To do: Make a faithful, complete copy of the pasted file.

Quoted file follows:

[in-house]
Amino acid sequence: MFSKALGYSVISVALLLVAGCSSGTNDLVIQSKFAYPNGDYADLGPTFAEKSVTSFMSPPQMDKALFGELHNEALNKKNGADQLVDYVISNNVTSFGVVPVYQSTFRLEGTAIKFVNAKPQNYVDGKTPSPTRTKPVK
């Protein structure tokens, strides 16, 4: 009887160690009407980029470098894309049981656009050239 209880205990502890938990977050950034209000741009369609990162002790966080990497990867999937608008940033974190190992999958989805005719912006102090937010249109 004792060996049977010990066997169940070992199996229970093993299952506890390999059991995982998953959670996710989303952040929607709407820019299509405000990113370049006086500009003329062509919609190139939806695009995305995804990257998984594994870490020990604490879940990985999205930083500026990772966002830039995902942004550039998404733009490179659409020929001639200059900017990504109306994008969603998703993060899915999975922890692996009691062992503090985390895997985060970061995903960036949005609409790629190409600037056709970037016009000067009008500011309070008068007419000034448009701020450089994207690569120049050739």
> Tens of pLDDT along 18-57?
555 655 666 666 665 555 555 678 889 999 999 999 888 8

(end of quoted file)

[in-house]
Amino acid sequence: MFSKALGYSVISVALLLVAGCSSGTNDLVIQSKFAYPNGDYADLGPTFAEKSVTSFMSPPQMDKALFGELHNEALNKKNGADQLVDYVISNNVTSFGVVPVYQSTFRLEGTAIKFVNAKPQNYVDGKTPSPTRTKPVK
């Protein structure tokens, strides 16, 4: 009887160690009407980029470098894309049981656009050239 209880205990502890938990977050950034209000741009369609990162002790966080990497990867999937608008940033974190190992999958989805005719912006102090937010249109 004792060996049977010990066997169940070992199996229970093993299952506890390999059991995982998953959670996710989303952040929607709407820019299509405000990113370049006086500009003329062509919609190139939806695009995305995804990257998984594994870490020990604490879940990985999205930083500026990772966002830039995902942004550039998404733009490179659409020929001639200059900017990504109306994008969603998703993060899915999975922890692996009691062992503090985390895997985060970061995903960036949005609409790629190409600037056709970037016009000067009008500011309070008068007419000034448009701020450089994207690569120049050739």
> Tens of pLDDT along 18-57?
555 655 666 666 665 555 555 678 889 999 999 999 888 8